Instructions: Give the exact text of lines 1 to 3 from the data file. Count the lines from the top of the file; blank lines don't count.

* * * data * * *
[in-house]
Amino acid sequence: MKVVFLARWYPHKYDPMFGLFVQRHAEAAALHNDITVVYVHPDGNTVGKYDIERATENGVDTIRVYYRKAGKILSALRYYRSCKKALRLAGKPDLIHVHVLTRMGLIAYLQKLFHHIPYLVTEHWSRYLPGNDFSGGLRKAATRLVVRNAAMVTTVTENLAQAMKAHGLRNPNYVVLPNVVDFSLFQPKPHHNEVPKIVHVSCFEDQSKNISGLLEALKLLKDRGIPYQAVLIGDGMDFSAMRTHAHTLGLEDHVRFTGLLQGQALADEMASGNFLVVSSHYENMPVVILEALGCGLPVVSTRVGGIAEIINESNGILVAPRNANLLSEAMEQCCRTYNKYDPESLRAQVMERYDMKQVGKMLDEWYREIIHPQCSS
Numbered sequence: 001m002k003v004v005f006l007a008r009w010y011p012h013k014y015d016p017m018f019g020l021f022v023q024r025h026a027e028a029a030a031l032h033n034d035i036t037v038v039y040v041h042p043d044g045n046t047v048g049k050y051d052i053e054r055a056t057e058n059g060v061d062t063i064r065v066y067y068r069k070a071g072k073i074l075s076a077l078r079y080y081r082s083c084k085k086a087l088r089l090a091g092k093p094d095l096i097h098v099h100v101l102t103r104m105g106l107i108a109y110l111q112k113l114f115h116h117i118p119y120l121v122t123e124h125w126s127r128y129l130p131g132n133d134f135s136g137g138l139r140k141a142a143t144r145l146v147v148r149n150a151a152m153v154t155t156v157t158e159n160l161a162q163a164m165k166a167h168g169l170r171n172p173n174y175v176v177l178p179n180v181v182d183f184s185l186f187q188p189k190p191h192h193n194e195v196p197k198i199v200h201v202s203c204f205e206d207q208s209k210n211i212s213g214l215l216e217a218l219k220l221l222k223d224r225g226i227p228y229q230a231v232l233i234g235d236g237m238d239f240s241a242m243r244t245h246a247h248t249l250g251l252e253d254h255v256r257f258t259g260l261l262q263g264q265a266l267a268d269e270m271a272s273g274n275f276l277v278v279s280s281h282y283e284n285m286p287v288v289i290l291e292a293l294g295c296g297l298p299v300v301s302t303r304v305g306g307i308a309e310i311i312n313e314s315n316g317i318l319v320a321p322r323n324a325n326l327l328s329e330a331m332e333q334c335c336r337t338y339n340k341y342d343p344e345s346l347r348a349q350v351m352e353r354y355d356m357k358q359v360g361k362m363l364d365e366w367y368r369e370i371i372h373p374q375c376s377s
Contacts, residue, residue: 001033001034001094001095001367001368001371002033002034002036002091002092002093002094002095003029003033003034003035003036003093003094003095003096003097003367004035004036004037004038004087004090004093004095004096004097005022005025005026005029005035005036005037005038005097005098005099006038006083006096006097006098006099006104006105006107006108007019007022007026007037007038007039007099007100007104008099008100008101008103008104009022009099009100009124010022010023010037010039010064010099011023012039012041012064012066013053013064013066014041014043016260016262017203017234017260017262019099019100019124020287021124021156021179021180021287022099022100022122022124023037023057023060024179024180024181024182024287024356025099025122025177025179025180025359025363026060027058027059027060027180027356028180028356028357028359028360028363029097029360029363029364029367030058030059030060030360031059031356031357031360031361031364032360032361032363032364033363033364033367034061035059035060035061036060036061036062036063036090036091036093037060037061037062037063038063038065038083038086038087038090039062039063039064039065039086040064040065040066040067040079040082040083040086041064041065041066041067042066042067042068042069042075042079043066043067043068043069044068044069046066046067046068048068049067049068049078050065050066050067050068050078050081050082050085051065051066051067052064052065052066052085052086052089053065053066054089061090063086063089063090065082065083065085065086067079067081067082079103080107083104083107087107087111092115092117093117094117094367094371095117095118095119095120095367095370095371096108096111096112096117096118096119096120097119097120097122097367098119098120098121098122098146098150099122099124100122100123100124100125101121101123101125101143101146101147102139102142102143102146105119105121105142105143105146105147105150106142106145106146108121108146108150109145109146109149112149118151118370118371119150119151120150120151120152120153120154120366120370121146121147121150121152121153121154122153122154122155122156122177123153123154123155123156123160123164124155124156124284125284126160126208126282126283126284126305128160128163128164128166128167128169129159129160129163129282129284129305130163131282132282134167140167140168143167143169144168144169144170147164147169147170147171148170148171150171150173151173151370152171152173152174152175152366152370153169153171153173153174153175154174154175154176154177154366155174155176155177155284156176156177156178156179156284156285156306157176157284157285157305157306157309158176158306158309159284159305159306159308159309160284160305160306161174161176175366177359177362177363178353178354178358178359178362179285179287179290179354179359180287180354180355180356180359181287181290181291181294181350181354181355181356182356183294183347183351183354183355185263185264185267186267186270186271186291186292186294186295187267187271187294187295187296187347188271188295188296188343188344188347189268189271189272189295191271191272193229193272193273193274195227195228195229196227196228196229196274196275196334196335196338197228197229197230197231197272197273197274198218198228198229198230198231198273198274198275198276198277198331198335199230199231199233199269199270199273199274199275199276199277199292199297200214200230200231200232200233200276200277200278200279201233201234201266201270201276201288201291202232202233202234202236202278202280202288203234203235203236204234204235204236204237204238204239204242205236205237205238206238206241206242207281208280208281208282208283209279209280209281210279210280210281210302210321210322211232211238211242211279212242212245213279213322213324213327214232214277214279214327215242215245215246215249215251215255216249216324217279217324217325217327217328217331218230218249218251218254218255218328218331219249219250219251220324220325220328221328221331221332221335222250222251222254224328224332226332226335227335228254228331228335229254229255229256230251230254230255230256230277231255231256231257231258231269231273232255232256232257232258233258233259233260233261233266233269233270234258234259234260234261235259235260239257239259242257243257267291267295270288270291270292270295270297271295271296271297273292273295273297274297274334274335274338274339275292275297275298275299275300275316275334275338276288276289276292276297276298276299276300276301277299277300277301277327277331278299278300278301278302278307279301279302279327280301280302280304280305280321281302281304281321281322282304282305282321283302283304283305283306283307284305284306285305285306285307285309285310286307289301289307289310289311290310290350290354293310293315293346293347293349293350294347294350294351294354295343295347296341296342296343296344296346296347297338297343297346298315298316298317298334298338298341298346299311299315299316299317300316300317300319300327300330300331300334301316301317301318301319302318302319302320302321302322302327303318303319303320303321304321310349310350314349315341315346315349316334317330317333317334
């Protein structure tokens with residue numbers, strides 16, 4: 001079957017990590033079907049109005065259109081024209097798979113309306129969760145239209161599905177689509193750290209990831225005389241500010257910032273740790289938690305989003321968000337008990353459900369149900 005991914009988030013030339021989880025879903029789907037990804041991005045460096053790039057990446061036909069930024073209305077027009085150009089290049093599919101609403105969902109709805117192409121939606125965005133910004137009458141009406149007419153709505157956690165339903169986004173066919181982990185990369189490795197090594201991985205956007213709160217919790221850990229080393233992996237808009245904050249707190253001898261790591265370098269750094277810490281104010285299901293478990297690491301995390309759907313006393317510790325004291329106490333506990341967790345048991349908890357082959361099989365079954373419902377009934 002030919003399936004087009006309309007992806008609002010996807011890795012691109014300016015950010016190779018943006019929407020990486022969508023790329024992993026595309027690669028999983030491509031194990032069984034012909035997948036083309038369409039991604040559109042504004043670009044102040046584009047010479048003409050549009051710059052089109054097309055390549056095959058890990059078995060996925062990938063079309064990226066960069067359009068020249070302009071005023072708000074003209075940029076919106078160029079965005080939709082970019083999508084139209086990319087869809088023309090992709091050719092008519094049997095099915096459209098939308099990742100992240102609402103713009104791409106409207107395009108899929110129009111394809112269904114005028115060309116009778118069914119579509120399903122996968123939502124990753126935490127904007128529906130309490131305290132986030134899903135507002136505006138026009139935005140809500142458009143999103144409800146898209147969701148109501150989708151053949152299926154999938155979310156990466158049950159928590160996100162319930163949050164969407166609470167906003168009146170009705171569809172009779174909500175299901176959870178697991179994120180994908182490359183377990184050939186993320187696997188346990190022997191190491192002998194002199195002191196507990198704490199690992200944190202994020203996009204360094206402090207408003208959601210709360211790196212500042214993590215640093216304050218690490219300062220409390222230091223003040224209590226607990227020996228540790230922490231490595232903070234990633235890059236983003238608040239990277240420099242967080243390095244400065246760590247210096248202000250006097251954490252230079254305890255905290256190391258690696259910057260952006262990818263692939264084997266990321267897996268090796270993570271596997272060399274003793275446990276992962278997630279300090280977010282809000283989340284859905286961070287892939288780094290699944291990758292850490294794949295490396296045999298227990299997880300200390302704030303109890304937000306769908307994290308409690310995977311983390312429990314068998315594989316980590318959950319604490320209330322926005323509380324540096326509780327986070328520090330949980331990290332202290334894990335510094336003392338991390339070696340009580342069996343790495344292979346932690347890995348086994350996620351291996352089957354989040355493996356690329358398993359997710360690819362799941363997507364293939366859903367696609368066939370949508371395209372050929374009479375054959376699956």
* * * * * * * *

[in-house]
Amino acid sequence: MKVVFLARWYPHKYDPMFGLFVQRHAEAAALHNDITVVYVHPDGNTVGKYDIERATENGVDTIRVYYRKAGKILSALRYYRSCKKALRLAGKPDLIHVHVLTRMGLIAYLQKLFHHIPYLVTEHWSRYLPGNDFSGGLRKAATRLVVRNAAMVTTVTENLAQAMKAHGLRNPNYVVLPNVVDFSLFQPKPHHNEVPKIVHVSCFEDQSKNISGLLEALKLLKDRGIPYQAVLIGDGMDFSAMRTHAHTLGLEDHVRFTGLLQGQALADEMASGNFLVVSSHYENMPVVILEALGCGLPVVSTRVGGIAEIINESNGILVAPRNANLLSEAMEQCCRTYNKYDPESLRAQVMERYDMKQVGKMLDEWYREIIHPQCSS
Numbered sequence: 001m002k003v004v005f006l007a008r009w010y011p012h013k014y015d016p017m018f019g020l021f022v023q024r025h026a027e028a029a030a031l032h033n034d035i036t037v038v039y040v041h042p043d044g045n046t047v048g049k050y051d052i053e054r055a056t057e058n059g060v061d062t063i064r065v066y067y068r069k070a071g072k073i074l075s076a077l078r079y080y081r082s083c084k085k086a087l088r089l090a091g092k093p094d095l096i097h098v099h100v101l102t103r104m105g106l107i108a109y110l111q112k113l114f115h116h117i118p119y120l121v122t123e124h125w126s127r128y129l130p131g132n133d134f135s136g137g138l139r140k141a142a143t144r145l146v147v148r149n150a151a152m153v154t155t156v157t158e159n160l161a162q163a164m165k166a167h168g169l170r171n172p173n174y175v176v177l178p179n180v181v182d183f184s185l186f187q188p189k190p191h192h193n194e195v196p197k198i199v200h201v202s203c204f205e206d207q208s209k210n211i212s213g214l215l216e217a218l219k220l221l222k223d224r225g226i227p228y229q230a231v232l233i234g235d236g237m238d239f240s241a242m243r244t245h246a247h248t249l250g251l252e253d254h255v256r257f258t259g260l261l262q263g264q265a266l267a268d269e270m271a272s273g274n275f276l277v278v279s280s281h282y283e284n285m286p287v288v289i290l291e292a293l294g295c296g297l298p299v300v301s302t303r304v305g306g307i308a309e310i311i312n313e314s315n316g317i318l319v320a321p322r323n324a325n326l327l328s329e330a331m332e333q334c335c336r337t338y339n340k341y342d343p344e345s346l347r348a349q350v351m352e353r354y355d356m357k358q359v360g361k362m363l364d365e366w367y368r369e370i371i372h373p374q375c376s377s